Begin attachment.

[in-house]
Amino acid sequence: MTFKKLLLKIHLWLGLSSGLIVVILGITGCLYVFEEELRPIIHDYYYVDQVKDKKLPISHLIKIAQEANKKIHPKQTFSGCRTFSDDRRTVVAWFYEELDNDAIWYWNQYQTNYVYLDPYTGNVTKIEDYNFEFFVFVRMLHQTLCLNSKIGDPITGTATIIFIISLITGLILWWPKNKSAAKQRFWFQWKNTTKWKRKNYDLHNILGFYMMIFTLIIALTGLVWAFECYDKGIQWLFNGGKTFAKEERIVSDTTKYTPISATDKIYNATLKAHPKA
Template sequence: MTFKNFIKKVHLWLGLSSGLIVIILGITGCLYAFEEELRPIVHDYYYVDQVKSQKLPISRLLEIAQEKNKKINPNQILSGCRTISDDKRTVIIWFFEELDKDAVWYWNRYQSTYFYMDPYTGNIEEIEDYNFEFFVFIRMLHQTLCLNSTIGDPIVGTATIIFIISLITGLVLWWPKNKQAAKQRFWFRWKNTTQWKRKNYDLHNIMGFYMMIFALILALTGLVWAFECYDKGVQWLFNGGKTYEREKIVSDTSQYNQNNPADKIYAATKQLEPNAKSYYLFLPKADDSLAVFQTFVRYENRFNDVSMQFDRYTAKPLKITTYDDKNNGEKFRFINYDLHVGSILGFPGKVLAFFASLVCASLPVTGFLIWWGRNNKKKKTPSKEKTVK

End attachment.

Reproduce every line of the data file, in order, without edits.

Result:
[in-house]
Amino acid sequence: MTFKKLLLKIHLWLGLSSGLIVVILGITGCLYVFEEELRPIIHDYYYVDQVKDKKLPISHLIKIAQEANKKIHPKQTFSGCRTFSDDRRTVVAWFYEELDNDAIWYWNQYQTNYVYLDPYTGNVTKIEDYNFEFFVFVRMLHQTLCLNSKIGDPITGTATIIFIISLITGLILWWPKNKSAAKQRFWFQWKNTTKWKRKNYDLHNILGFYMMIFTLIIALTGLVWAFECYDKGIQWLFNGGKTFAKEERIVSDTTKYTPISATDKIYNATLKAHPKA
Template sequence: MTFKNFIKKVHLWLGLSSGLIVIILGITGCLYAFEEELRPIVHDYYYVDQVKSQKLPISRLLEIAQEKNKKINPNQILSGCRTISDDKRTVIIWFFEELDKDAVWYWNRYQSTYFYMDPYTGNIEEIEDYNFEFFVFIRMLHQTLCLNSTIGDPIVGTATIIFIISLITGLVLWWPKNKQAAKQRFWFRWKNTTQWKRKNYDLHNIMGFYMMIFALILALTGLVWAFECYDKGVQWLFNGGKTYEREKIVSDTSQYNQNNPADKIYAATKQLEPNAKSYYLFLPKADDSLAVFQTFVRYENRFNDVSMQFDRYTAKPLKITTYDDKNNGEKFRFINYDLHVGSILGFPGKVLAFFASLVCASLPVTGFLIWWGRNNKKKKTPSKEKTVK